The executions, in a brightly lighted prison gymnasium where three looming black wooden gallows had been erected, were witnessed by a handful of Allied military officers and eight journalists, one of whom, Kingsbury Smith of International News Service, wrote a famous newspaper article, “The Execution of Nazi War Criminals, 16 October 1946,” based on his eyewitness observations.
Although Smith discreetly omitted mentioning it, the experienced Army hangman, Master Sgt. John C. Woods, botched the executions. A number of the hanged Nazis died, not quickly from a broken neck as intended, but agonizingly from slow strangulation. Ribbentrop and Sauckel each took 14 minutes to choke to death, while Keitel, whose death was the most painful, struggled for 24 minutes at the end of the rope before expiring.
Adds just a wee bit of context to President Bush’s increasingly strong chiding of Iraqi Prime Minister Nuri Kamal al-Maliki for the mishandling of the executions of Saddam Hussein and his aides in recent days and weeks. … there’s been a fair amount of science applied to the art of hanging, but it seems an easy thing to go awry. Mr. Bush said yesterday that the fledgling government in Iraq “has still got some maturation to do.”
On the other hand, Mr. Wilkes does add this note on the Nuremberg executions, taken from Robert E. Conot, who wrote the book “Justice at Nuremberg”:
“It was a grim, pitiless scene. But for those who had sat through the horrors and tortures of the trial, who had learned of men dangled from butcher hooks, of women mutilated and children jammed into gas chambers, of mankind subjected to degradation, destruction, and terror, the scene conjured a vision of stark, almost biblical justice.”
Albert Camus. Condemnation of capital punishment is both explicit and implicit in his writings. For example, in The Stranger Merseault’s long confinement during his trial and his eventual execution are presented as part of an elaborate, ceremonial ritual involving both public and religious authorities. The grim rationality of this process of legalized murder contrasts markedly with the sudden, irrational, almost accidental nature of his actual crime. Similarly, in the Myth of Sisyphus, the would-be suicide is contrasted with his fatal opposite, the man condemned to death, and we are continually reminded that a sentence of death is our common fate in an absurd universe….
…Camus’ opposition to the death penalty is not specifically philosophical. That is, it is not based on a particular moral theory or principle (such as Cesare Beccaria’s utilitarian objection that capital punishment is wrong because it has not been proven to have a deterrent effect greater than life imprisonment). Camus’ opposition, in contrast, is humanitarian, conscientious, almost visceral. Like Victor Hugo, his great predecessor on this issue, he views the death penalty as an egregious barbarism – an act of blood riot and vengeance covered over with a thin veneer of law and civility to make it acceptable to modern sensibilities. That it is also an act of vengeance aimed primarily at the poor and oppressed, and that it is given religious sanction, makes it even more hideous and indefensible in his view.Read More:http://www.iep.utm.edu/camus/#SSH5c.viii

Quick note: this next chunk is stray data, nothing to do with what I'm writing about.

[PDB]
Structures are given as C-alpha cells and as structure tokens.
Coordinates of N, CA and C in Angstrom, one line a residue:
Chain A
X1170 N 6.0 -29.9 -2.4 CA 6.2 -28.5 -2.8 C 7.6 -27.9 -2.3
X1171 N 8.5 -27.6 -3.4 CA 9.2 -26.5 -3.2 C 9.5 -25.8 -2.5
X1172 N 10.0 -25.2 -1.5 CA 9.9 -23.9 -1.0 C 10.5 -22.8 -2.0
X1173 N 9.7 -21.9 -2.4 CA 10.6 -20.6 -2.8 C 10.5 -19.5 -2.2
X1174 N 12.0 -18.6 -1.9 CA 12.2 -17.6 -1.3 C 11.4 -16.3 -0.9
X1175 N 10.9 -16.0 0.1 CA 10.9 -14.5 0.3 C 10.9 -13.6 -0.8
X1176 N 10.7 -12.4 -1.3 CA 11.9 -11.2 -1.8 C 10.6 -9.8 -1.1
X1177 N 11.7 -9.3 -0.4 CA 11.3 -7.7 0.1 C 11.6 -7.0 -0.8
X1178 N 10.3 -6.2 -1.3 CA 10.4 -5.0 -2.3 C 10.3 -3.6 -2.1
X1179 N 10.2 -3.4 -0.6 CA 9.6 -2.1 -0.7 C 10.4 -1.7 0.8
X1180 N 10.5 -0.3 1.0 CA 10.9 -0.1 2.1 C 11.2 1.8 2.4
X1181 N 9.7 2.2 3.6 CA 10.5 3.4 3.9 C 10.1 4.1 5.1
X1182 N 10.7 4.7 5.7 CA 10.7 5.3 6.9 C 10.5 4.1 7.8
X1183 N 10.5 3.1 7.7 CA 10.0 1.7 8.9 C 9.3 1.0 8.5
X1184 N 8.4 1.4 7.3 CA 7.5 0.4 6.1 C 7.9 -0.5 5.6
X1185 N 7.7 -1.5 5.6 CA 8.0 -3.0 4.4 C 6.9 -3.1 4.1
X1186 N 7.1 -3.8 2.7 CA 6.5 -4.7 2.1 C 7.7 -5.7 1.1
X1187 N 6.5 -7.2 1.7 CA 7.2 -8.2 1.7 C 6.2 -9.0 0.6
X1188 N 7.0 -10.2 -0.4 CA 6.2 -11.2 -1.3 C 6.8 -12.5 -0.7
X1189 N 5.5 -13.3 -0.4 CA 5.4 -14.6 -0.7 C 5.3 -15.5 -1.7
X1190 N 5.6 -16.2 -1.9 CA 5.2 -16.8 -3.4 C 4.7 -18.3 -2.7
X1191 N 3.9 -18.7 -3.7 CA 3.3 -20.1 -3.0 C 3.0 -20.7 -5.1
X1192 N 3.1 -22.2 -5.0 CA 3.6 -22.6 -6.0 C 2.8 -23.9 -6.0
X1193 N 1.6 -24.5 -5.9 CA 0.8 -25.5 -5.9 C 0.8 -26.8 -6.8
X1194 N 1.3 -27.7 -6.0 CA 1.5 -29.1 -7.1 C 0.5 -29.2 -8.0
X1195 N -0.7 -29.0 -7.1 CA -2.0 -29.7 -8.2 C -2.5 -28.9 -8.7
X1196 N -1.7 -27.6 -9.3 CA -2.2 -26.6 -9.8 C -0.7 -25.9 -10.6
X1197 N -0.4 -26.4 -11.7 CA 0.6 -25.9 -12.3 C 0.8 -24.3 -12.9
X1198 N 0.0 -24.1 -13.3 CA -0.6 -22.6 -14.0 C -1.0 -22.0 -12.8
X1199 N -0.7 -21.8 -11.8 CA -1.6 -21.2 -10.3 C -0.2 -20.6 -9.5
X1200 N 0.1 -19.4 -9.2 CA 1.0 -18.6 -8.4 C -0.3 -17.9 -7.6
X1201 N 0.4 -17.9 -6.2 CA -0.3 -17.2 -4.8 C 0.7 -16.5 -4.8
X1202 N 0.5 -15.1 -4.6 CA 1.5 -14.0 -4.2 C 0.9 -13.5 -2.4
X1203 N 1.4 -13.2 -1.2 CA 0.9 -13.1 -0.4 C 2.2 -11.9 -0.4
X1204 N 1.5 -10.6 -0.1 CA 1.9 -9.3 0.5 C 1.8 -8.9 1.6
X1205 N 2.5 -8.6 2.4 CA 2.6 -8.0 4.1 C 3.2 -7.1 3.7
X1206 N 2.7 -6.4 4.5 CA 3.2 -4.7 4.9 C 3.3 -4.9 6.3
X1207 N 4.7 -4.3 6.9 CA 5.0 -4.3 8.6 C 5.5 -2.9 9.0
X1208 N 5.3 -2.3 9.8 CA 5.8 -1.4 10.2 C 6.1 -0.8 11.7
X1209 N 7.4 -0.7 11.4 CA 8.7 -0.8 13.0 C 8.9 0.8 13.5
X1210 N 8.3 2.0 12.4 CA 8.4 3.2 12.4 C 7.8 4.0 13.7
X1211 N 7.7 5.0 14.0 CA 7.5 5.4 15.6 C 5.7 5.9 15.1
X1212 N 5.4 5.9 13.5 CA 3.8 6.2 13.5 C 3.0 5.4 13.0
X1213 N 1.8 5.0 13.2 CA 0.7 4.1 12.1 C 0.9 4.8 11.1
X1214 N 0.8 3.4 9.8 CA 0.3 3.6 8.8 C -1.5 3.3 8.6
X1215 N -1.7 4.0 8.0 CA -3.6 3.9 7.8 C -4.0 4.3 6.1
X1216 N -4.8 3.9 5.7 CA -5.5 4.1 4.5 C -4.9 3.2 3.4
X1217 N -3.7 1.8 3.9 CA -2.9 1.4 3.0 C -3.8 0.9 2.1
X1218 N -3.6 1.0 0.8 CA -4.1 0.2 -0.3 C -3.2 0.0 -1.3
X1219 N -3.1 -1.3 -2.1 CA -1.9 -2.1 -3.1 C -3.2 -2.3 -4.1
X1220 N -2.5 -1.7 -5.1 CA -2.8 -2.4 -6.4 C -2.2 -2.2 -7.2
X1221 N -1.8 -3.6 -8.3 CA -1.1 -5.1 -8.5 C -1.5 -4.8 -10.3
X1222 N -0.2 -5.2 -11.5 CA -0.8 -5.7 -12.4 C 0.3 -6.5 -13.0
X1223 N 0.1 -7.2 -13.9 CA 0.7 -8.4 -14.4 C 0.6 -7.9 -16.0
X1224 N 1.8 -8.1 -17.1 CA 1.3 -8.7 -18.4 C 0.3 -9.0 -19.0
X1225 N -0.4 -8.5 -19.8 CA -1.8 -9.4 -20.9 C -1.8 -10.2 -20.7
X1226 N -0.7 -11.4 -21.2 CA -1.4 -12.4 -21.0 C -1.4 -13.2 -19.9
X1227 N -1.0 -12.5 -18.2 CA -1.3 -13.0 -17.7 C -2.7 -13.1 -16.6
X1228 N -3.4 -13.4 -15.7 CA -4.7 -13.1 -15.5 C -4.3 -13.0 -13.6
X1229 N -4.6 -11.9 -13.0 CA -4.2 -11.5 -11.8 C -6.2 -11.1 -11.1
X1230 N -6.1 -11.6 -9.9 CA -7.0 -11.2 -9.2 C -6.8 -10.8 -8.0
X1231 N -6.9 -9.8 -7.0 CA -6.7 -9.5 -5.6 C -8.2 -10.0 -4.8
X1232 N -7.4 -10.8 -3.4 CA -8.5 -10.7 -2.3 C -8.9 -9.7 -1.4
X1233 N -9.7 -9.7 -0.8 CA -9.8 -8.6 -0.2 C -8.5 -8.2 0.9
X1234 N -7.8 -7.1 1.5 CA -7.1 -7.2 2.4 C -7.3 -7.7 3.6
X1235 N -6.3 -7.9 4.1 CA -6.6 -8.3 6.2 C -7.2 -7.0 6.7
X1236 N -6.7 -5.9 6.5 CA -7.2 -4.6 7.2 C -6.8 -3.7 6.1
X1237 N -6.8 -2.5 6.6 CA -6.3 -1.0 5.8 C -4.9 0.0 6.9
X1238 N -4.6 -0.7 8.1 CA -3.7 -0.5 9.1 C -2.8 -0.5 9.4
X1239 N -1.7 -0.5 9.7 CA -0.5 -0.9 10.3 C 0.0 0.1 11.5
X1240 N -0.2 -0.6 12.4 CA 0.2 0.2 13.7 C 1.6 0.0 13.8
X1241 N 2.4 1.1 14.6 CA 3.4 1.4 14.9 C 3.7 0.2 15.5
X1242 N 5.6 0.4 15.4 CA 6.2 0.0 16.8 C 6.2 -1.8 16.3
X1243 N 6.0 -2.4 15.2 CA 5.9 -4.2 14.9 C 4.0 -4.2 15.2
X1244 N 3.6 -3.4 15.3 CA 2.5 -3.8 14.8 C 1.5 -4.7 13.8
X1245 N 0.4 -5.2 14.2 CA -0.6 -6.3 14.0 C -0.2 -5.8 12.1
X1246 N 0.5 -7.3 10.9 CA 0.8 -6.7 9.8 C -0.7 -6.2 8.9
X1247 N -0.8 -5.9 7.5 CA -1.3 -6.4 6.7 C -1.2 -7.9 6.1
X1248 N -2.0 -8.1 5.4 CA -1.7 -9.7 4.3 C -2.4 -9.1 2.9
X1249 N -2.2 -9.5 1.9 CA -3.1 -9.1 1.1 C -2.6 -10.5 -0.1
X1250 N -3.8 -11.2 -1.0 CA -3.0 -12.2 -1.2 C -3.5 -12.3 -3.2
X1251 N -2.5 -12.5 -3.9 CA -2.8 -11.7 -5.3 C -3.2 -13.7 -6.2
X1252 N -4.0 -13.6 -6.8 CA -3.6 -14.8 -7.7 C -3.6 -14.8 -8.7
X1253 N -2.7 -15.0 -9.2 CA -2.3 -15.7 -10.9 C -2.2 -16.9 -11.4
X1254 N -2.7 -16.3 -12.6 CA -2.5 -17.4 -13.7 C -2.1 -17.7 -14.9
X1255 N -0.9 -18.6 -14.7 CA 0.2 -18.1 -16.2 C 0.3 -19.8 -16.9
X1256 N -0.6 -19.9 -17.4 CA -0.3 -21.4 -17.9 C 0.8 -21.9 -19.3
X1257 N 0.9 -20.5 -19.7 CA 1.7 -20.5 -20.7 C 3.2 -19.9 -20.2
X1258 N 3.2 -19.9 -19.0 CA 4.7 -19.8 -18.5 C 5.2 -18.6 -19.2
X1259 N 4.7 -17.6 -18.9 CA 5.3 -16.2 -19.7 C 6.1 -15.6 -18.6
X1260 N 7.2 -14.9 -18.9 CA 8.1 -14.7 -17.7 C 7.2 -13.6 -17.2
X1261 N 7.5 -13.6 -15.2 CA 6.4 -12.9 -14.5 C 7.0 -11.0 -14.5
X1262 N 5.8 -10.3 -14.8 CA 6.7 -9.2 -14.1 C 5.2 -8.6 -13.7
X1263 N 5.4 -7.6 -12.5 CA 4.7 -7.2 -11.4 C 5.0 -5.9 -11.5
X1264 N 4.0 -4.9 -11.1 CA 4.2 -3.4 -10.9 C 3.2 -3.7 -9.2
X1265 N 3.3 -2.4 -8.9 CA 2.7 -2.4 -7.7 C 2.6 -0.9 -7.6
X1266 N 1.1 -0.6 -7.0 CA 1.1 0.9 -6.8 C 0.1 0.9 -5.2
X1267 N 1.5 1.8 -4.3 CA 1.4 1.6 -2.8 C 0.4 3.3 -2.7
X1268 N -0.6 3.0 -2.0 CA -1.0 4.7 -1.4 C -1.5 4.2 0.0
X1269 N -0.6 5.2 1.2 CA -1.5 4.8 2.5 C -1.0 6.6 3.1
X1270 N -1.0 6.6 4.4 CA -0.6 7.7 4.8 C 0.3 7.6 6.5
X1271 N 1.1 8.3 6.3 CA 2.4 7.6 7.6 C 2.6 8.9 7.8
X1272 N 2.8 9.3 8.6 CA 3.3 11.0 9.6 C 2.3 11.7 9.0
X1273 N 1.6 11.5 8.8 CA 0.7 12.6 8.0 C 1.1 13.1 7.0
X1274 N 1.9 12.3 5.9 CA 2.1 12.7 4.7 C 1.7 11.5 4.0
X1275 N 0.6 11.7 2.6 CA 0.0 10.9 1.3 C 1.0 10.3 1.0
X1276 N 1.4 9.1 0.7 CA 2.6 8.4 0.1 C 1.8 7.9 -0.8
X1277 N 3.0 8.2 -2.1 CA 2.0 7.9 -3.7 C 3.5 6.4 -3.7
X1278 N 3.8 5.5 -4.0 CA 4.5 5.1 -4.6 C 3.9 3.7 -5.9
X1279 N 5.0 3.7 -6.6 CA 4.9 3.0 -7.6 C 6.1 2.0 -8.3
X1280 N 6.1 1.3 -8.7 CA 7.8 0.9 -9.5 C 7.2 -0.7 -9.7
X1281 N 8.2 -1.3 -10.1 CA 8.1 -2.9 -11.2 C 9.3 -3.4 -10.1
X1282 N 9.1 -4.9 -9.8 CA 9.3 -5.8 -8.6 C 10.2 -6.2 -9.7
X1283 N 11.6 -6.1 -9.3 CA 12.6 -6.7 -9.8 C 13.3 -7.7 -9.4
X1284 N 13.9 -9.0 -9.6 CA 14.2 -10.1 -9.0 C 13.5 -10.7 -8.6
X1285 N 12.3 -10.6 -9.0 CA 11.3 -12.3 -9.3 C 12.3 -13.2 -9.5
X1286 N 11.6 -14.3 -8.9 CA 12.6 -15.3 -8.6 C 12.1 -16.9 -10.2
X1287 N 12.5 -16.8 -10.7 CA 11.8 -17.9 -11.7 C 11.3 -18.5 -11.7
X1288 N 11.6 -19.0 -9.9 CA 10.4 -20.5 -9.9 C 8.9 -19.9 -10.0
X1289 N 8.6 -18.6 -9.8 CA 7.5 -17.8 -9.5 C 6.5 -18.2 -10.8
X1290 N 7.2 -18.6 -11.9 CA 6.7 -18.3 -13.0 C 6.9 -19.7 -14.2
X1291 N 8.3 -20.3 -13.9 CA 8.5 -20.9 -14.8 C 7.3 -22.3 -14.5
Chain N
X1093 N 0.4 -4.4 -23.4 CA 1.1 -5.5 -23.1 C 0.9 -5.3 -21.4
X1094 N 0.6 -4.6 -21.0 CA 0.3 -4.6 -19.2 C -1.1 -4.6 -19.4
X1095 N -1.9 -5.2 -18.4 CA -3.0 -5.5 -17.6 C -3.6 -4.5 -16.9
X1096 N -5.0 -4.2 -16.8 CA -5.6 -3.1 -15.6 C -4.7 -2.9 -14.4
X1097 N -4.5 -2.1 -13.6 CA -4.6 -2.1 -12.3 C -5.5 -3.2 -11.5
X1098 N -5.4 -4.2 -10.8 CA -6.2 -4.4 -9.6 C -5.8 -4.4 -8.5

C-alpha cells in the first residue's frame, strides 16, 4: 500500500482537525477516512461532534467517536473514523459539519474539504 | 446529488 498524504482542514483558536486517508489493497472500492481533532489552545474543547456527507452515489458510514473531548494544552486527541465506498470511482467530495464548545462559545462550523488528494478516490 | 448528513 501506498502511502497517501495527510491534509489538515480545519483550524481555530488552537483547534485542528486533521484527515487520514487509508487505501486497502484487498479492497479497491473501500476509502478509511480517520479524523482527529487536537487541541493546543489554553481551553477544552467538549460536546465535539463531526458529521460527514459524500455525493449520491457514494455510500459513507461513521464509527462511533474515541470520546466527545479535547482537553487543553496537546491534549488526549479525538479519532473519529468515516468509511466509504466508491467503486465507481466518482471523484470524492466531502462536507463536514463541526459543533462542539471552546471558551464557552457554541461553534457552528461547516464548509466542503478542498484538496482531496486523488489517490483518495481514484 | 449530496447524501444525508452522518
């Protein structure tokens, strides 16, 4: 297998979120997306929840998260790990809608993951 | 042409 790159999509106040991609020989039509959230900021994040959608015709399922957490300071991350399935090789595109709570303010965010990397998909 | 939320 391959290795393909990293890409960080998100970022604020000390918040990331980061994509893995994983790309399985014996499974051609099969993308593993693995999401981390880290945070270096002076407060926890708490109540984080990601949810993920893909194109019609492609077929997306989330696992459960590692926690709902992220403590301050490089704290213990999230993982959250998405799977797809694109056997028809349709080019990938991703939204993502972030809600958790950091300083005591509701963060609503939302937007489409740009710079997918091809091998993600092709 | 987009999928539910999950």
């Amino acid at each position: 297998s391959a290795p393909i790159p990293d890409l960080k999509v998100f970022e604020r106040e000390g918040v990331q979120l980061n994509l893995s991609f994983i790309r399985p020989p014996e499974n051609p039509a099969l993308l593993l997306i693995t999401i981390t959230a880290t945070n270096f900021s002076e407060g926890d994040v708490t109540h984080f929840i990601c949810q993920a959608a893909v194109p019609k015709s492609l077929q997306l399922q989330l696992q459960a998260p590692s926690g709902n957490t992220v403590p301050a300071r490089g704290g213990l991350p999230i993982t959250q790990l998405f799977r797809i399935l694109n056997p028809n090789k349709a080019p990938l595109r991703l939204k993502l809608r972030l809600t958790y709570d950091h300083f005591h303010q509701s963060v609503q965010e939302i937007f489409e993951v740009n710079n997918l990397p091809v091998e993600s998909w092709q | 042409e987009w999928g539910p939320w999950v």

…Thus, the execution of Eichmann expresses what happens to the demand for justice after it obtains power. Horkheimer claimed that in this respect, for the Jews Eichmann became a disaster for the second time as he was put to death by an executioner representing the government of Israel. According to my interpretation this dramatic phrasing has to be understood thus: at that very moment Judaism has showed that it too had assumed its place in the game in the fields of power in current reality and lost its essential uniqueness; and so it forsook power to demand justice, and has lost its faith in the utopian demand for justice and in non violent protest against this world, which was ruled by violence and by endless aspiration….
…These issues clearly point to what degree he identified violent power with “the evil,” and how this identification is essential to the utopia of “the good” in the Socratic sense. In my opinion, this is the background against which one should understand his – justified – fear that Israel was turning into a modified Prussian model. Principally, according to Horkheimer’s pessimism, as interpreted here, the demand for justice cannot be obtain power and integrate into earthly justice, unless by its absolute transformation into its contrary. We think that “violence” in Horkheimer’s thought has also to be understood as constituting the “facts” which are declared as an “illusion”, against which the utopian “refusal” is directed; the refusal is the domain of the philosopher’s expertise, who is also called “the neurotic who refuses to recuperate.” He refuses to compromise with reality, to give up his utopianism, on a moral ground and not for a realistic reason, since “only an evil person can live as a realist”. Read More: http://construct.haifa.ac.il/~ilangz/Utopia4.html